Before I get started.....Here We Go Steelers Here We Go!!!
Has everyone returned safely from DC, or were you a mere mortal who had to watch from your office via CNN/Facebook? In a society that seems to be trying to get back to core values and principles of honor and integrity we have found a few that aren't down with the program, shame on you.
Full Story and Details Here
I return to positivity. Is it me or is this basketball season flying by.....I can't believe it's almost February. Many of you are starting to get banged up and bruised up for a myriad of reasons. If you're feeling a little tired and worn down might I suggest the following:
I don't necessarily condone the junk food and excessive video games, but he's in the league and I'm not so go figure...
It's About Time
For years I have advocated testing, training and drill work in lieu of meaningless games and baby-sitting camps disguised as instruction. Many have looked at me and laughed as they went off to play in more meaningless games. Well, well, well it looks as if the basketball higher ups agree with me. Hopefully now when I say things people will be more willing to listen. I'm just saying.....
NBA to overhaul predraft camp
by Geoffrey C. Arnold, The Oregonian
Friday November 21, 2008, 10:47 AM
With the start of the college basketball season, NBA scouting departments shift into high gear. This season, the player-evaluation process will have a different conclusion.
The NBA told general managers this month that the league has decided to overhaul its predraft camp to try to encourage more top players to attend its showcase player-evaluation event.
The biggest change is the league's plan to no longer conduct the official games and workouts during the four-day camp, which is scheduled to begin in late May. Player agents in recent years encouraged their clients to skip those competitions.
"If a player knows he's definitely one of the top picks, there was no point in taking any risks (at the camp)," said Bernie Bickerstaff, an assistant coach with the Chicago Bulls.
To ensure greater participation of the players, the NBA is going to experiment with changing the look of the predraft camp to more closely resemble the National Football League's combine camp: no competitive games, just drills, skill evaluation, physicals and interviews. It's an attempt to increase the likelihood that all players, from lottery selections to free-agent candidates, will face the same evaluation conditions and criteria.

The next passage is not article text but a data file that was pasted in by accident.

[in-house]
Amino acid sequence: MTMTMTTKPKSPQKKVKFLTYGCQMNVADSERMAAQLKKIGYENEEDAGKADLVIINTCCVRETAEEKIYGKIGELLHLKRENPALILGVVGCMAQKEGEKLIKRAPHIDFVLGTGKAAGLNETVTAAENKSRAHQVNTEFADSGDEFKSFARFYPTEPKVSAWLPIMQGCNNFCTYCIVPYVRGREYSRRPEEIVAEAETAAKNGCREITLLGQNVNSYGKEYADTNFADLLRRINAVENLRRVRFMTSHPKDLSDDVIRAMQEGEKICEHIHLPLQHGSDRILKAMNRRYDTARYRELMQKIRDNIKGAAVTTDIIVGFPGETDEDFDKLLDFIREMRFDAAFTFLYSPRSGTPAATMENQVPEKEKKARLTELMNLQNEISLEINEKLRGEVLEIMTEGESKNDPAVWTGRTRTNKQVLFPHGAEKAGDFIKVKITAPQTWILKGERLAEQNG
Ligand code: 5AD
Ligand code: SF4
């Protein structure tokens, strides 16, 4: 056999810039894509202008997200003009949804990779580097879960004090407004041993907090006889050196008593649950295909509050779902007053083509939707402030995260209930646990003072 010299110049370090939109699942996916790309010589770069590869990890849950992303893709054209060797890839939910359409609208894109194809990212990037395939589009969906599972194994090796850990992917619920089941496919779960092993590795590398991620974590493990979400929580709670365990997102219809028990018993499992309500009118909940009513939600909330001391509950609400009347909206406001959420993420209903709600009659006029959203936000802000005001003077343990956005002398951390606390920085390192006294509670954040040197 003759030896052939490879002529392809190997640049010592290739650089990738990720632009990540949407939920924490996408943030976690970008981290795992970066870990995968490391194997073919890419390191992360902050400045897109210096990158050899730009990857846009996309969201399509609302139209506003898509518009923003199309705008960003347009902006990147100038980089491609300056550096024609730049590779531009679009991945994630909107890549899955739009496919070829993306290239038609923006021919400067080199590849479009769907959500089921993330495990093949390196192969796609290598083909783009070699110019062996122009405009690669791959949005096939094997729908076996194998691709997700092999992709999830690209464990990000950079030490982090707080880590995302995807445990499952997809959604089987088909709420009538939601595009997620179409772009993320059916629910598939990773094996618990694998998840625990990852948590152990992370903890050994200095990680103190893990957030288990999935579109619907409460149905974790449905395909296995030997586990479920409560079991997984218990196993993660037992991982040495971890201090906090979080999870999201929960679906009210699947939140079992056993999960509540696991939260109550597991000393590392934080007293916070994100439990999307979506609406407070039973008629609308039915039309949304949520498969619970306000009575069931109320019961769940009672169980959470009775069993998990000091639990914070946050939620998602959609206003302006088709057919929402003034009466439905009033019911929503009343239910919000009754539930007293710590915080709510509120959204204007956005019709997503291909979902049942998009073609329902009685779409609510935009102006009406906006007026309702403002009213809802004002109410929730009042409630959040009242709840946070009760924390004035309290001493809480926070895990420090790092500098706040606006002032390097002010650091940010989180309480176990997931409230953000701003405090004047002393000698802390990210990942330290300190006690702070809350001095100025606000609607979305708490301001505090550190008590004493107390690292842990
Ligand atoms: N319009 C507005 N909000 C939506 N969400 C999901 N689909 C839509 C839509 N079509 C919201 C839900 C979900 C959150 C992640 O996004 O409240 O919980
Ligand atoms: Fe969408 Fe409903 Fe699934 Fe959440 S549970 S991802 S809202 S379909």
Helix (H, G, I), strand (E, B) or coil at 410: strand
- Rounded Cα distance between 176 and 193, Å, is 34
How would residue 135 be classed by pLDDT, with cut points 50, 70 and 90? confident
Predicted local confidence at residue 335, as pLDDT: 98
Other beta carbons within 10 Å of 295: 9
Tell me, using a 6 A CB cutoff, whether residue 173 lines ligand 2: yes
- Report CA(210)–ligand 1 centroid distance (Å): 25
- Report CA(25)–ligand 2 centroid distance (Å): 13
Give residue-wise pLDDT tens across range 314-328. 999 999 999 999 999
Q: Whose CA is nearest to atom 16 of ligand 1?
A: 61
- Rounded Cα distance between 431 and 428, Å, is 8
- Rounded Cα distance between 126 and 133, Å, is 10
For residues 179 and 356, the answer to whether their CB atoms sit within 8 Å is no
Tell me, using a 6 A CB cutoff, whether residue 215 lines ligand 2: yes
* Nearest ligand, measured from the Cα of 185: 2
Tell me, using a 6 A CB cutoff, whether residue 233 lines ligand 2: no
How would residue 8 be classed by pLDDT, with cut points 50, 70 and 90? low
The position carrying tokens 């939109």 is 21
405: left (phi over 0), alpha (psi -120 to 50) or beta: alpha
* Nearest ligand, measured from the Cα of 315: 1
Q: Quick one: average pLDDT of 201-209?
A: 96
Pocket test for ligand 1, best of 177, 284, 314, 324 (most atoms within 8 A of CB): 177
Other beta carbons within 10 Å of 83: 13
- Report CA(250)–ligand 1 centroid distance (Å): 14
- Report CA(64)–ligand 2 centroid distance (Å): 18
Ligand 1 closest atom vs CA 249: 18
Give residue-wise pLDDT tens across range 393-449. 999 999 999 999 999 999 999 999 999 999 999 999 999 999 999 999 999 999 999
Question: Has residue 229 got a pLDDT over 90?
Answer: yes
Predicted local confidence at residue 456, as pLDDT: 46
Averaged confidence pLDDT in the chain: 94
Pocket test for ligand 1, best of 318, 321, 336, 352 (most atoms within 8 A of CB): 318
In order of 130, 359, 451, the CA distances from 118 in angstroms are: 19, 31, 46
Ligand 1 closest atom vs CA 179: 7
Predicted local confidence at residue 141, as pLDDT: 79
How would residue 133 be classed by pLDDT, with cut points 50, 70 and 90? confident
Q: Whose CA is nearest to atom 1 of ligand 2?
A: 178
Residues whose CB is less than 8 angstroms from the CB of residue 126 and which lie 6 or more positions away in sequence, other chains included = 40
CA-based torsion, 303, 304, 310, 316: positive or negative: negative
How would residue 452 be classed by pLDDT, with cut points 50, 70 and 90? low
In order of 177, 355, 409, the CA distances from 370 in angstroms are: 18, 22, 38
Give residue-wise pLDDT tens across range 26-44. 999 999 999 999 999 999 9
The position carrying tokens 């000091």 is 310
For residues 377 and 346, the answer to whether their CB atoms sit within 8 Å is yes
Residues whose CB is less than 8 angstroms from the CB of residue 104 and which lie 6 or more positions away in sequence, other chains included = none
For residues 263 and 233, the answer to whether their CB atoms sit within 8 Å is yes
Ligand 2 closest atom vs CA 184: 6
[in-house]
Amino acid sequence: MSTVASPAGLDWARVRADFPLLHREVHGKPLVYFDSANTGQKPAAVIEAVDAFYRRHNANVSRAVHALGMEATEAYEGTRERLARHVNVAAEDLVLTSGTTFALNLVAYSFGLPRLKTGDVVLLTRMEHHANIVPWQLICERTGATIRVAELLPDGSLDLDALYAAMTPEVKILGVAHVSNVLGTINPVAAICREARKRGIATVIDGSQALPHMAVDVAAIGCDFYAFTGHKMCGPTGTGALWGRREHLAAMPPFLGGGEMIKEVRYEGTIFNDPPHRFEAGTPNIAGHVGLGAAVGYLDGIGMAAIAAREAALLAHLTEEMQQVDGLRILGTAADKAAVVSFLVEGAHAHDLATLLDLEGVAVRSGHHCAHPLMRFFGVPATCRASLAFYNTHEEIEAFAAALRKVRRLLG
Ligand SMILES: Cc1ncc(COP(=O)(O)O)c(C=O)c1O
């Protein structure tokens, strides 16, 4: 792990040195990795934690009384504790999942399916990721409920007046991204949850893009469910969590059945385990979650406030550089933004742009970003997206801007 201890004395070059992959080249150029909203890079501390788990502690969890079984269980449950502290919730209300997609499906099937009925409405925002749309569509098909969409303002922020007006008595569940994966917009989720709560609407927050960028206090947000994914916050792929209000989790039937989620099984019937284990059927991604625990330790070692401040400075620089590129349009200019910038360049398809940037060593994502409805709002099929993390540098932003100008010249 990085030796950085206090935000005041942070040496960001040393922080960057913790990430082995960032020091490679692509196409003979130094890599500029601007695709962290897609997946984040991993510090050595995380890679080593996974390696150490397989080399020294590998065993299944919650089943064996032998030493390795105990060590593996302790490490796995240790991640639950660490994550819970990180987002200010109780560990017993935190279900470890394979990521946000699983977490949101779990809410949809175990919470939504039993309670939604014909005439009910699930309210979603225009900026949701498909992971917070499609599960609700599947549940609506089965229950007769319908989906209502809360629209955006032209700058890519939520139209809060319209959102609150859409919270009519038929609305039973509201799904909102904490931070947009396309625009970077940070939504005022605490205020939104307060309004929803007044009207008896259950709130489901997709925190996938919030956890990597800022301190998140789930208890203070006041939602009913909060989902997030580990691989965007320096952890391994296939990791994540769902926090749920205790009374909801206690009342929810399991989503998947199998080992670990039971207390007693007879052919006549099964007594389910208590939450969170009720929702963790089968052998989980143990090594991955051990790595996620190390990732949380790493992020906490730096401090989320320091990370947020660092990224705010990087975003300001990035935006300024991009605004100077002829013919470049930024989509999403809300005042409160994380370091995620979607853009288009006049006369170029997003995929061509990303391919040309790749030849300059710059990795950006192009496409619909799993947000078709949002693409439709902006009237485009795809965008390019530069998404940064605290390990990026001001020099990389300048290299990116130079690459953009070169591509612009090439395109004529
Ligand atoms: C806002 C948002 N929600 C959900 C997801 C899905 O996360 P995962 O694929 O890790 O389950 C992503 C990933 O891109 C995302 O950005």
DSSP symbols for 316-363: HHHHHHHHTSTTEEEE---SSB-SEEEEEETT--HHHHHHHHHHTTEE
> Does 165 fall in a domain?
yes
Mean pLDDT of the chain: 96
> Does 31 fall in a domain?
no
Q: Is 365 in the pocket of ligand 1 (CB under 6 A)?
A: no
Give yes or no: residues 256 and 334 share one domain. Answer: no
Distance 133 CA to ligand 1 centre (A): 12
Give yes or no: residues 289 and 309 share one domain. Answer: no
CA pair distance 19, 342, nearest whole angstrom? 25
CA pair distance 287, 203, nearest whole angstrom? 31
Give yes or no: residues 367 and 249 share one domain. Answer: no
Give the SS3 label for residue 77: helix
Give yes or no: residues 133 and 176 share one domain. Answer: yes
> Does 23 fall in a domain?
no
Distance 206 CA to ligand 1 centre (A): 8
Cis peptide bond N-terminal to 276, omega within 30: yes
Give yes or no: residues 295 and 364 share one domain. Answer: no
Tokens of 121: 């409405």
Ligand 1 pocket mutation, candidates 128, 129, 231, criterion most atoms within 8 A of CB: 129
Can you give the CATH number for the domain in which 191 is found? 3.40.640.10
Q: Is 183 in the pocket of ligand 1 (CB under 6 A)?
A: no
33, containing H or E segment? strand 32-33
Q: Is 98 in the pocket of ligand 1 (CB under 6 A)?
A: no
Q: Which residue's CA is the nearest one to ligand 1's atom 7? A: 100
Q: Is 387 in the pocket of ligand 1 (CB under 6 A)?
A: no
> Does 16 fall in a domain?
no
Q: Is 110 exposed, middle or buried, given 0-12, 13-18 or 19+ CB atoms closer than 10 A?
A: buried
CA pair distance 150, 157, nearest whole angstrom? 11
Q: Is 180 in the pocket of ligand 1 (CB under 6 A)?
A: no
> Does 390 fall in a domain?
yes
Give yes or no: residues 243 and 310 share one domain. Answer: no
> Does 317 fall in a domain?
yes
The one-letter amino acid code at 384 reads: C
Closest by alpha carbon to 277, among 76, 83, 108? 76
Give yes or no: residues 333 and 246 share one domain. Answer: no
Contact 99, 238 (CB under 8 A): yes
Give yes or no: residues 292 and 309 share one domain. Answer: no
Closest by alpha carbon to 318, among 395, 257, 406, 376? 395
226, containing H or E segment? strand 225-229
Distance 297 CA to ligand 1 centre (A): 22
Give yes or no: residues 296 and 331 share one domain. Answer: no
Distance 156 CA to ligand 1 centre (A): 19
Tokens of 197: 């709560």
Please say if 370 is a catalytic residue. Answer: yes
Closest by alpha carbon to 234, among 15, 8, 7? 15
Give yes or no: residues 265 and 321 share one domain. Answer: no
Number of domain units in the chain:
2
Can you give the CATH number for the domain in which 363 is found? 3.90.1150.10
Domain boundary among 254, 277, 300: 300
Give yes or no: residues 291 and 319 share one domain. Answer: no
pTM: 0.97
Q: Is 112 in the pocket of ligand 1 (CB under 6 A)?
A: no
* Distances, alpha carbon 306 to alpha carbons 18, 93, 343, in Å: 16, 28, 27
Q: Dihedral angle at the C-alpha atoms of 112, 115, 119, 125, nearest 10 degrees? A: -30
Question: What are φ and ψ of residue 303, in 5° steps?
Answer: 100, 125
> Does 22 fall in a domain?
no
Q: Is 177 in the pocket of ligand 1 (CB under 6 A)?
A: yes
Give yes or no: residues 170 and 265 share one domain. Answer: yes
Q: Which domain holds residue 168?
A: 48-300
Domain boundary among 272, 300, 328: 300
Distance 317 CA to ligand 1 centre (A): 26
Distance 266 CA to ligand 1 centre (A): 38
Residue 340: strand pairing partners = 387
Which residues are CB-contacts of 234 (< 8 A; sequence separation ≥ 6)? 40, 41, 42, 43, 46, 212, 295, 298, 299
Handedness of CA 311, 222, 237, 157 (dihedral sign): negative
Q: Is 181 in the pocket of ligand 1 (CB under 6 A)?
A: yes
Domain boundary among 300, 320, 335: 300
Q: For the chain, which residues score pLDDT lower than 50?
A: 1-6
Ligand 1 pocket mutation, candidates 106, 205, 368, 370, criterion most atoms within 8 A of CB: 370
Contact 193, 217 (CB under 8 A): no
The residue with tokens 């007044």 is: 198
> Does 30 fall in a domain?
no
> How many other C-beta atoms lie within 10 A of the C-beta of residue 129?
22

"The more access we can get to players, the better it's going to be for us," said Blazers general manager Kevin Pritchard . "We will be able to make better decisions.
As recently as a few years ago, only a handful of players -- normally potentially high draft picks -- would skip competing in games at the camp. But last year, just two (George Hill, 26th pick, and J.R. Giddens, 30th) of the 64 players who competed in games during the 2008 predraft camp were first round selections in the 2008 draft.
With most top picks skipping competition and choosing only to participate in drills and interviews, the games served only to evaluate players who were likely second round picks or not drafted at all. "These days, most of the guys who did play were guys who might not have been in the draft and were trying to raise their stock so they might get drafted," Bickerstaff said.
Individual workouts have supplanted the predraft camp in terms of importance. These team-sponsored workouts allowed players to compete in a much more controlled environment, reducing the risk of a poor performance that could hurt a player's draft position.
"All we see is the individual workouts, and people are judging players on that," Bickerstaff said. "That's not really a good barometer."
Having a combinelike camp could give league executives more opportunities for evaluation and greater knowledge of players.
"We try to get as much information as possible," Pritchard said. "The more information, the better."
Also, the camp will return to Chicago after being held the past two years in Disney's Wide World of Sports complex in Orlando, Fla. No final decision has been made on where the camp will be held, but speculation is focusing on training guru Tim Grover's Attack Athletics training facility, instead of the Moody Bible Institute, where the four-day camp was held before moving to Orlando. Chicago is regarded as more centrally located and accessible for NBA personnel than Orlando.
"Both markets are good, but they're just looking at results and decided to go back to Chicago," said Maureen Coyle, the NBA's vice president of communications.
Bickerstaff said regardless of where and how the predraft camp would be conducted in 2009, nothing will change in how league executives evaluate players. Any final decisions on whom to draft -- particularly lottery picks -- are unlikely to be made during the predraft camp.
"It doesn't get down to those four or five days at the camp. You should be very familiar with the players you're interested in long before the camp," Bickerstaff said. "If you're doing your job and done your due diligence, you've seen them play in situations where their team was supposed to win to see how they play. You've seen them play in pressure situations where they were underdogs. You're in a position where you have seen them play in all kinds of situations.
"The bottom line in those situations in that you have to have done your homework. So that one week shouldn't make or break your decision."
My All Character Team:
We lost a legend in Women's Coaching on Saturday and I just wanted to take a moment to recognize Kay Yow for all her efforts and contributions to the game of basketball. She touched many lives and was a positive inspiration to so many young women. Her hard work and efforts were not in vain. May she rest comfortably and peacefully.